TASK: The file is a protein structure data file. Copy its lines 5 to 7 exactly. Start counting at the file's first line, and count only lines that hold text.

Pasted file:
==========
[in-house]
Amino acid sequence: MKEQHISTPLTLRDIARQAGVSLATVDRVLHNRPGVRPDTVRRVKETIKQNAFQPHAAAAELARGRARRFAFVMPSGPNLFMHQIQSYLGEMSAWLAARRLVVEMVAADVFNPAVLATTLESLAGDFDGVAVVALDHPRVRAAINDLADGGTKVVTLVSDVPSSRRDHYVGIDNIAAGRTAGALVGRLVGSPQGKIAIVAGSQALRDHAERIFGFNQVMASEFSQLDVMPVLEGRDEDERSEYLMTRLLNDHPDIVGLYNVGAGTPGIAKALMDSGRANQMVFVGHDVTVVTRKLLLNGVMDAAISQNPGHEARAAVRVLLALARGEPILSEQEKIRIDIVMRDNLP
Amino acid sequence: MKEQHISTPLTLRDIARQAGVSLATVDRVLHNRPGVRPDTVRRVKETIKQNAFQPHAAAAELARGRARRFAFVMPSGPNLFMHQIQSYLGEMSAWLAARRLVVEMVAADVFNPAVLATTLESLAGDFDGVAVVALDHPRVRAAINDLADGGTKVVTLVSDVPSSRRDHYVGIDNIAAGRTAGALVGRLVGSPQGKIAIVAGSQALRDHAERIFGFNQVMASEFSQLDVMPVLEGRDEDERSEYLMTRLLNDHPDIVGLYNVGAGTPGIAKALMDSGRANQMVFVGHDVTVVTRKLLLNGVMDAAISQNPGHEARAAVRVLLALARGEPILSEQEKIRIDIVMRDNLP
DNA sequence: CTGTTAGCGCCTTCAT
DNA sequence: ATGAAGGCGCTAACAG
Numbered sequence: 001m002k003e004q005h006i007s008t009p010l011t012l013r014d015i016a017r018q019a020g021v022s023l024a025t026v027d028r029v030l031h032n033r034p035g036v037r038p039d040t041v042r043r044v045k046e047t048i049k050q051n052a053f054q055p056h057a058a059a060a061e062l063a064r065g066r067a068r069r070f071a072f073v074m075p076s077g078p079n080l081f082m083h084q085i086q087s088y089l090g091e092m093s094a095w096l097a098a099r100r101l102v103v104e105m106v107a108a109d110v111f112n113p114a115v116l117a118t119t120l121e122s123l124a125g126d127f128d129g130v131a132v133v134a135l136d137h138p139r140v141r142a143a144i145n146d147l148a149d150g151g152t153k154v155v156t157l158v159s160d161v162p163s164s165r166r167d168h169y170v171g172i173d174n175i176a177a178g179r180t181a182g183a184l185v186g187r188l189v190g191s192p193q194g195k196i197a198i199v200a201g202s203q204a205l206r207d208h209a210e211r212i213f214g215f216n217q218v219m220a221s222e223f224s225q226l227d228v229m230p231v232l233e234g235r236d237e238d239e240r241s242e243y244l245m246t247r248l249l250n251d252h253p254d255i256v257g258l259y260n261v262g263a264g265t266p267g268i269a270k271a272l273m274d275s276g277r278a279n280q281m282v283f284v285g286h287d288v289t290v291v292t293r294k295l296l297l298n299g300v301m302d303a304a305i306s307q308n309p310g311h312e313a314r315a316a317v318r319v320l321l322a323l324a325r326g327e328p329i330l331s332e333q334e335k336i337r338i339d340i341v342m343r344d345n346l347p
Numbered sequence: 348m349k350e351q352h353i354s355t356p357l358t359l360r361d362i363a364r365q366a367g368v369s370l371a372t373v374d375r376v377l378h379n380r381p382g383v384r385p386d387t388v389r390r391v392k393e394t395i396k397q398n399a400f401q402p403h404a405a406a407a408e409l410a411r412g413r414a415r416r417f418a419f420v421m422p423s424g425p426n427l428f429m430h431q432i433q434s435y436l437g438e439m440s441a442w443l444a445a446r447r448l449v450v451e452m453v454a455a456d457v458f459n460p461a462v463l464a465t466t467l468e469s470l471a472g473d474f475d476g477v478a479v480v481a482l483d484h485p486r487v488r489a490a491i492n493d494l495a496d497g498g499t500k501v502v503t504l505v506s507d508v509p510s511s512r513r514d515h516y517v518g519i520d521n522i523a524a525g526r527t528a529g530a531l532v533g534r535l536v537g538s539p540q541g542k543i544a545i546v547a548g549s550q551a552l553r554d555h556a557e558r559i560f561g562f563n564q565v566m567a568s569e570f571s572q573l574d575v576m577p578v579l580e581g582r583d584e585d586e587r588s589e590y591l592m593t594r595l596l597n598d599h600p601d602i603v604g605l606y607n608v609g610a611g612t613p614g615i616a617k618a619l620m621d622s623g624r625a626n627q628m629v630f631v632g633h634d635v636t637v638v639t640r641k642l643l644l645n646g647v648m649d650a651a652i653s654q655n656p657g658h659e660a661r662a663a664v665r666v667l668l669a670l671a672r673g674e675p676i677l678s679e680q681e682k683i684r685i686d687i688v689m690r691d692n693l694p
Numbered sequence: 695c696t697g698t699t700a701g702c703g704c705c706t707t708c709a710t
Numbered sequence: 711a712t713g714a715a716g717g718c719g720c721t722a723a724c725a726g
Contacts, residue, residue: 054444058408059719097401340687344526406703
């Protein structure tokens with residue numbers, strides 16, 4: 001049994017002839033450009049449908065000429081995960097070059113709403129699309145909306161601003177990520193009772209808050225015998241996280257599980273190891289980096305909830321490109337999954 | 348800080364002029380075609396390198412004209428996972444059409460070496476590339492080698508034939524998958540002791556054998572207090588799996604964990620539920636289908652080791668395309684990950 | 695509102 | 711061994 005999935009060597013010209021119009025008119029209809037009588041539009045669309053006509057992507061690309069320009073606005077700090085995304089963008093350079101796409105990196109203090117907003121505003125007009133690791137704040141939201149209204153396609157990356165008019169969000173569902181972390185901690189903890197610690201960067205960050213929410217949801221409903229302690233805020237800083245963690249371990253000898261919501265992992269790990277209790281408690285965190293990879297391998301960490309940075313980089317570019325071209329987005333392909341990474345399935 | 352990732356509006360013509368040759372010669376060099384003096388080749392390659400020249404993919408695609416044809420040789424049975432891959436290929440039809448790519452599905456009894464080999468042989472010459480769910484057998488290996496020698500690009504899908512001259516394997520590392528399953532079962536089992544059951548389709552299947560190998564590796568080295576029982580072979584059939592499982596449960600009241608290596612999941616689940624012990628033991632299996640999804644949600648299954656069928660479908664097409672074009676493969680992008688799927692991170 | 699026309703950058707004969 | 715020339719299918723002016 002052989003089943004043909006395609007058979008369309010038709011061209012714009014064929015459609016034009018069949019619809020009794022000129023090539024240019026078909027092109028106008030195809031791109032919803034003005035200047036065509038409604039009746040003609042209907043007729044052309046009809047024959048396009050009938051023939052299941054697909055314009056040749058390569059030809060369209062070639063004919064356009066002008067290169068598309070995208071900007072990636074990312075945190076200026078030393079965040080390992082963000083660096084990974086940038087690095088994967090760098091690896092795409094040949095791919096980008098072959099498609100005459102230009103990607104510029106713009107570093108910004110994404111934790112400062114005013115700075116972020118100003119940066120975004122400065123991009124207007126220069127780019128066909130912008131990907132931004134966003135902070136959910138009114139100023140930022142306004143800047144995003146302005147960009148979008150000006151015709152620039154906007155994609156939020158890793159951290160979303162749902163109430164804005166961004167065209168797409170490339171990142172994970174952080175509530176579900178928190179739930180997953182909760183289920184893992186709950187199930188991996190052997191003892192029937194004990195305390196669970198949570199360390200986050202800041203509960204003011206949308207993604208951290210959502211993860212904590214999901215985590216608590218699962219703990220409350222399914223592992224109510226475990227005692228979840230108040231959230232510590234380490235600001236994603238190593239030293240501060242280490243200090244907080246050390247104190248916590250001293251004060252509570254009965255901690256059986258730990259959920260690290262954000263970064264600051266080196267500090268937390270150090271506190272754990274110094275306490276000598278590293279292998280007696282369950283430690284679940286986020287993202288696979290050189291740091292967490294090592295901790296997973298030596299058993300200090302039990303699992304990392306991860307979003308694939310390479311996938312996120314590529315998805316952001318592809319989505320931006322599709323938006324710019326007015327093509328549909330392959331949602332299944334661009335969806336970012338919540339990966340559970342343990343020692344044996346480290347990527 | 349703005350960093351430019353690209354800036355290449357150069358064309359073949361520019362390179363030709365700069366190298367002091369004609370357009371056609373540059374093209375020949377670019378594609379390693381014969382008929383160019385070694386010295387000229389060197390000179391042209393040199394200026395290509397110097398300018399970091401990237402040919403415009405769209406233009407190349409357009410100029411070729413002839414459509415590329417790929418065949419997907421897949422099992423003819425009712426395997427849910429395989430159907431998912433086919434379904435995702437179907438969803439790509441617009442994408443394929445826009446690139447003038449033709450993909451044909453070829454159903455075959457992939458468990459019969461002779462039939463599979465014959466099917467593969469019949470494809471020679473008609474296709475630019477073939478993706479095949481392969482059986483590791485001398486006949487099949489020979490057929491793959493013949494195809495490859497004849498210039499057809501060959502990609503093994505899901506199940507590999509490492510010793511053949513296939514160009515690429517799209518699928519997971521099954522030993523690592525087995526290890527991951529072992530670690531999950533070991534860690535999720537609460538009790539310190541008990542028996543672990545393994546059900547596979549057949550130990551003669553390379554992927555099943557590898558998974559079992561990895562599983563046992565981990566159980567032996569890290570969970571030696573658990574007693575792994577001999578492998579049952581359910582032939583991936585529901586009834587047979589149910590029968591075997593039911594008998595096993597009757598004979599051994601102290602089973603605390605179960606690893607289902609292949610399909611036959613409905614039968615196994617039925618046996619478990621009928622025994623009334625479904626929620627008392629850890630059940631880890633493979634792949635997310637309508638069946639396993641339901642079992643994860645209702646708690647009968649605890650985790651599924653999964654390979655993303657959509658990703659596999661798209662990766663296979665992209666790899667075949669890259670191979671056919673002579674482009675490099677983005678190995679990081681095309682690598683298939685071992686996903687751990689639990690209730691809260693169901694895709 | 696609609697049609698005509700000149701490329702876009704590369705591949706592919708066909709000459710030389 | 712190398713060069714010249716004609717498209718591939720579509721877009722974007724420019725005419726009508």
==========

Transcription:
DNA sequence: ATGAAGGCGCTAACAG
Numbered sequence: 001m002k003e004q005h006i007s008t009p010l011t012l013r014d015i016a017r018q019a020g021v022s023l024a025t026v027d028r029v030l031h032n033r034p035g036v037r038p039d040t041v042r043r044v045k046e047t048i049k050q051n052a053f054q055p056h057a058a059a060a061e062l063a064r065g066r067a068r069r070f071a072f073v074m075p076s077g078p079n080l081f082m083h084q085i086q087s088y089l090g091e092m093s094a095w096l097a098a099r100r101l102v103v104e105m106v107a108a109d110v111f112n113p114a115v116l117a118t119t120l121e122s123l124a125g126d127f128d129g130v131a132v133v134a135l136d137h138p139r140v141r142a143a144i145n146d147l148a149d150g151g152t153k154v155v156t157l158v159s160d161v162p163s164s165r166r167d168h169y170v171g172i173d174n175i176a177a178g179r180t181a182g183a184l185v186g187r188l189v190g191s192p193q194g195k196i197a198i199v200a201g202s203q204a205l206r207d208h209a210e211r212i213f214g215f216n217q218v219m220a221s222e223f224s225q226l227d228v229m230p231v232l233e234g235r236d237e238d239e240r241s242e243y244l245m246t247r248l249l250n251d252h253p254d255i256v257g258l259y260n261v262g263a264g265t266p267g268i269a270k271a272l273m274d275s276g277r278a279n280q281m282v283f284v285g286h287d288v289t290v291v292t293r294k295l296l297l298n299g300v301m302d303a304a305i306s307q308n309p310g311h312e313a314r315a316a317v318r319v320l321l322a323l324a325r326g327e328p329i330l331s332e333q334e335k336i337r338i339d340i341v342m343r344d345n346l347p
Numbered sequence: 348m349k350e351q352h353i354s355t356p357l358t359l360r361d362i363a364r365q366a367g368v369s370l371a372t373v374d375r376v377l378h379n380r381p382g383v384r385p386d387t388v389r390r391v392k393e394t395i396k397q398n399a400f401q402p403h404a405a406a407a408e409l410a411r412g413r414a415r416r417f418a419f420v421m422p423s424g425p426n427l428f429m430h431q432i433q434s435y436l437g438e439m440s441a442w443l444a445a446r447r448l449v450v451e452m453v454a455a456d457v458f459n460p461a462v463l464a465t466t467l468e469s470l471a472g473d474f475d476g477v478a479v480v481a482l483d484h485p486r487v488r489a490a491i492n493d494l495a496d497g498g499t500k501v502v503t504l505v506s507d508v509p510s511s512r513r514d515h516y517v518g519i520d521n522i523a524a525g526r527t528a529g530a531l532v533g534r535l536v537g538s539p540q541g542k543i544a545i546v547a548g549s550q551a552l553r554d555h556a557e558r559i560f561g562f563n564q565v566m567a568s569e570f571s572q573l574d575v576m577p578v579l580e581g582r583d584e585d586e587r588s589e590y591l592m593t594r595l596l597n598d599h600p601d602i603v604g605l606y607n608v609g610a611g612t613p614g615i616a617k618a619l620m621d622s623g624r625a626n627q628m629v630f631v632g633h634d635v636t637v638v639t640r641k642l643l644l645n646g647v648m649d650a651a652i653s654q655n656p657g658h659e660a661r662a663a664v665r666v667l668l669a670l671a672r673g674e675p676i677l678s679e680q681e682k683i684r685i686d687i688v689m690r691d692n693l694p